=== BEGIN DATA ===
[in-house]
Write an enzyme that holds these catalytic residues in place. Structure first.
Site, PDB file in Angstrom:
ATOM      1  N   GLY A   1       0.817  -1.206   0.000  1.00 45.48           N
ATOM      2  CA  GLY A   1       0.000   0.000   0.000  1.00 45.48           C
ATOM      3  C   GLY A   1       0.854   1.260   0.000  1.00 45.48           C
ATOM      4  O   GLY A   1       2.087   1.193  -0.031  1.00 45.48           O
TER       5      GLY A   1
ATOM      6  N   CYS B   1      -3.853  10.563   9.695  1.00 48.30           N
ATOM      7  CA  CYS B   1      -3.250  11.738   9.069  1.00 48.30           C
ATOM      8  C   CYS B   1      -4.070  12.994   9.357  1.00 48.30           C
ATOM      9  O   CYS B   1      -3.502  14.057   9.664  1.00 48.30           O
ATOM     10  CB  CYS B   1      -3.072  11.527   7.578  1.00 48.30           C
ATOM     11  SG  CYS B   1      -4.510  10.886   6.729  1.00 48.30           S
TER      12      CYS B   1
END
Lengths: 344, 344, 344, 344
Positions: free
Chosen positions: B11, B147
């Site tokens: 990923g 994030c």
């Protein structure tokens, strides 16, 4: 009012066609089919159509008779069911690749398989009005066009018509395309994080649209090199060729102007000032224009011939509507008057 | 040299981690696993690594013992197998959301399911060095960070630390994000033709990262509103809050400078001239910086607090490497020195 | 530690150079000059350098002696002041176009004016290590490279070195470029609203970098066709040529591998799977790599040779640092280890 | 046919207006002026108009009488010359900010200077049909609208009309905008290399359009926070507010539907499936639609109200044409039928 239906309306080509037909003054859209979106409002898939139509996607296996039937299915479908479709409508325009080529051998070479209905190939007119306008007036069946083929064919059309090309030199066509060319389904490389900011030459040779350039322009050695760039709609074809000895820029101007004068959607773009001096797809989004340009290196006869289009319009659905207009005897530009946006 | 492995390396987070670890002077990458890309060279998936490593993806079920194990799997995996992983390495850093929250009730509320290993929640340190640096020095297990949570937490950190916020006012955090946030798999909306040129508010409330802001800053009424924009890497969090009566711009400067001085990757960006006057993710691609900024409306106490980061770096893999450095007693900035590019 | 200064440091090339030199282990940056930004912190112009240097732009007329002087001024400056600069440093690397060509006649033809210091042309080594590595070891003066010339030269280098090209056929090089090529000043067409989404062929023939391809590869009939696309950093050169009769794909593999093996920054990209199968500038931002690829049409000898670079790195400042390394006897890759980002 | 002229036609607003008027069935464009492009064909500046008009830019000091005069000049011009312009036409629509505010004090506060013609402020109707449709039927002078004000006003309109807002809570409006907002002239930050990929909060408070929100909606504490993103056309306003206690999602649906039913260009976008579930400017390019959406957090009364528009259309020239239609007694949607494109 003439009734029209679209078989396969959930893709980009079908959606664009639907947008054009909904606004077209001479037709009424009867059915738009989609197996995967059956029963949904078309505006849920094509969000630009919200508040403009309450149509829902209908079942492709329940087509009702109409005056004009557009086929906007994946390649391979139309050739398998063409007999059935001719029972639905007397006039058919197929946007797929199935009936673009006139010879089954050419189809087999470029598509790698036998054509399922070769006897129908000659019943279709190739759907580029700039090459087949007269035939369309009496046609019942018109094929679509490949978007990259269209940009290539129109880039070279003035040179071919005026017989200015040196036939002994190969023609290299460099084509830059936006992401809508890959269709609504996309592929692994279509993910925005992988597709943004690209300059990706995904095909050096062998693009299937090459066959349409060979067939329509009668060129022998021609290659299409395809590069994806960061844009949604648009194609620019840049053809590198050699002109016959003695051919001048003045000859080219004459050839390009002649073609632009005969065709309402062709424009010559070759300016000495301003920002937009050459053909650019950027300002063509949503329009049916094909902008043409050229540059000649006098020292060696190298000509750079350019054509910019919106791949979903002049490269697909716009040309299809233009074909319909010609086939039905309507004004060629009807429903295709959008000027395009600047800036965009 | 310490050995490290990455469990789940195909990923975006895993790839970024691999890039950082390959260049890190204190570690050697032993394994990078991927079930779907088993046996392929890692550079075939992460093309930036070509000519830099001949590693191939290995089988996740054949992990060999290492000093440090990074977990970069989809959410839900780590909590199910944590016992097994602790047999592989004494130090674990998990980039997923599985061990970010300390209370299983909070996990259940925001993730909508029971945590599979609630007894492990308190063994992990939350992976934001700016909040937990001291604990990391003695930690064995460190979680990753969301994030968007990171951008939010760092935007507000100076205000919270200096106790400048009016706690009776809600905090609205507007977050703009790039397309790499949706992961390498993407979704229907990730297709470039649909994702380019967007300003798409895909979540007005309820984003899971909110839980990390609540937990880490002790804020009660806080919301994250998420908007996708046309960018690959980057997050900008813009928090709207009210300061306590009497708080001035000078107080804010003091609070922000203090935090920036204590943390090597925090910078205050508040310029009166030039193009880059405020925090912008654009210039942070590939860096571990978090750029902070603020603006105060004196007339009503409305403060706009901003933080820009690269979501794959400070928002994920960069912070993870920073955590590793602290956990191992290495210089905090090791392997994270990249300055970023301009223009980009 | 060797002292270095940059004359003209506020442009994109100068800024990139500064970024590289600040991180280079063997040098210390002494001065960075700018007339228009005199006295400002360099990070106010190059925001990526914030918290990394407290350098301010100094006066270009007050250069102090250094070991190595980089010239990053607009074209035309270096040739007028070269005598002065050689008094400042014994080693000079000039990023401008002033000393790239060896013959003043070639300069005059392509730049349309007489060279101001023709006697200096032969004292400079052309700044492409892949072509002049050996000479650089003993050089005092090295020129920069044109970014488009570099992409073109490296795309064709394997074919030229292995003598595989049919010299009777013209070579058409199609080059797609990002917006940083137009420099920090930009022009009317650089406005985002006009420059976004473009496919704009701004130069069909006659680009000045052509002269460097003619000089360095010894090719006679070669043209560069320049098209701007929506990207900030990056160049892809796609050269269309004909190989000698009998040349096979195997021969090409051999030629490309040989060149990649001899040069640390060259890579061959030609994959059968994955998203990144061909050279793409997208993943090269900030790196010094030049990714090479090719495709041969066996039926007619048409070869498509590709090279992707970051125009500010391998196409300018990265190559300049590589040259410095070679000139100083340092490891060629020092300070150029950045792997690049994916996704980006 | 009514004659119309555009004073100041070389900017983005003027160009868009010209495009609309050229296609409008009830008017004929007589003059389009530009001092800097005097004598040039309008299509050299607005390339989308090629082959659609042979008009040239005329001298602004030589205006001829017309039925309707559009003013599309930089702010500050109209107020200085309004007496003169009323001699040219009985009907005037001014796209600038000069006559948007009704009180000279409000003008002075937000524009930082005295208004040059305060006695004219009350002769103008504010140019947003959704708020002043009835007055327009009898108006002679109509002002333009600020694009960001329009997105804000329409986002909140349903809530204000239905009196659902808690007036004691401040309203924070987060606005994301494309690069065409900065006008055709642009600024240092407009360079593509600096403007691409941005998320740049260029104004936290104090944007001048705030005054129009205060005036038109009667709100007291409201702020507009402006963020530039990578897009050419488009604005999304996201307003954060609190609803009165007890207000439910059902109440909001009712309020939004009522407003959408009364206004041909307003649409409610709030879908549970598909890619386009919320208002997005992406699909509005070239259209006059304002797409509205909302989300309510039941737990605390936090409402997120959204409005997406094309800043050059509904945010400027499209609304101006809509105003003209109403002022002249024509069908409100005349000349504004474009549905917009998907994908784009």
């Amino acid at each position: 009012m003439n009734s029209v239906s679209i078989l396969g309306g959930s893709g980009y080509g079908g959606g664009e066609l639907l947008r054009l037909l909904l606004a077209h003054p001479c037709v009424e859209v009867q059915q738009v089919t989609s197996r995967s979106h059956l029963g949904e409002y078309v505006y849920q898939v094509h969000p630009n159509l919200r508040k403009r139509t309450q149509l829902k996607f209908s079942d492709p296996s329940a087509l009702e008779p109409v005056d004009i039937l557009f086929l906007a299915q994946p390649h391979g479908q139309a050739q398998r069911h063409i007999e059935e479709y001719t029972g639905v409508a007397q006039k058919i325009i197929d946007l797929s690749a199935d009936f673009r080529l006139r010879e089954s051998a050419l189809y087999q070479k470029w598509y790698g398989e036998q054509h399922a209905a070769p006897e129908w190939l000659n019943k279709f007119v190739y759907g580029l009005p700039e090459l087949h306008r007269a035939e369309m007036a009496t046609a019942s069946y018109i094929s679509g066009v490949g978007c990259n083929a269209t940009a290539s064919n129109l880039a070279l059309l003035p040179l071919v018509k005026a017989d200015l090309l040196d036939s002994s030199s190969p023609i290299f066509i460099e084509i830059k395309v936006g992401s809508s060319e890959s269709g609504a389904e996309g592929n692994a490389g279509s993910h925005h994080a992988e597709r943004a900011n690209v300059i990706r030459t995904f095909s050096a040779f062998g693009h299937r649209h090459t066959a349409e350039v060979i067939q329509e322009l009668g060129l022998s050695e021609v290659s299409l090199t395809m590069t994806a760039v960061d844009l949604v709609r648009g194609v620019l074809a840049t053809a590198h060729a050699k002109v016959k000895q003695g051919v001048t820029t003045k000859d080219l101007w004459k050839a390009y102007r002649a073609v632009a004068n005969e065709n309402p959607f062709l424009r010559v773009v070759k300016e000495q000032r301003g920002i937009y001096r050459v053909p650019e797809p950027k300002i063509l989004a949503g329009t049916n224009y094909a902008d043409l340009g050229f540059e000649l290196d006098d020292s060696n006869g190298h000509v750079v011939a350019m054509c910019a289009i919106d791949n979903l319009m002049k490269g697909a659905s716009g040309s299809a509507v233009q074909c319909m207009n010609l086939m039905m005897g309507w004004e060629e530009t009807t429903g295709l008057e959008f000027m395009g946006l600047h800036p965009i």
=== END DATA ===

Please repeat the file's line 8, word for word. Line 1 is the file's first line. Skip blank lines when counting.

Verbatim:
TER       5      GLY A   1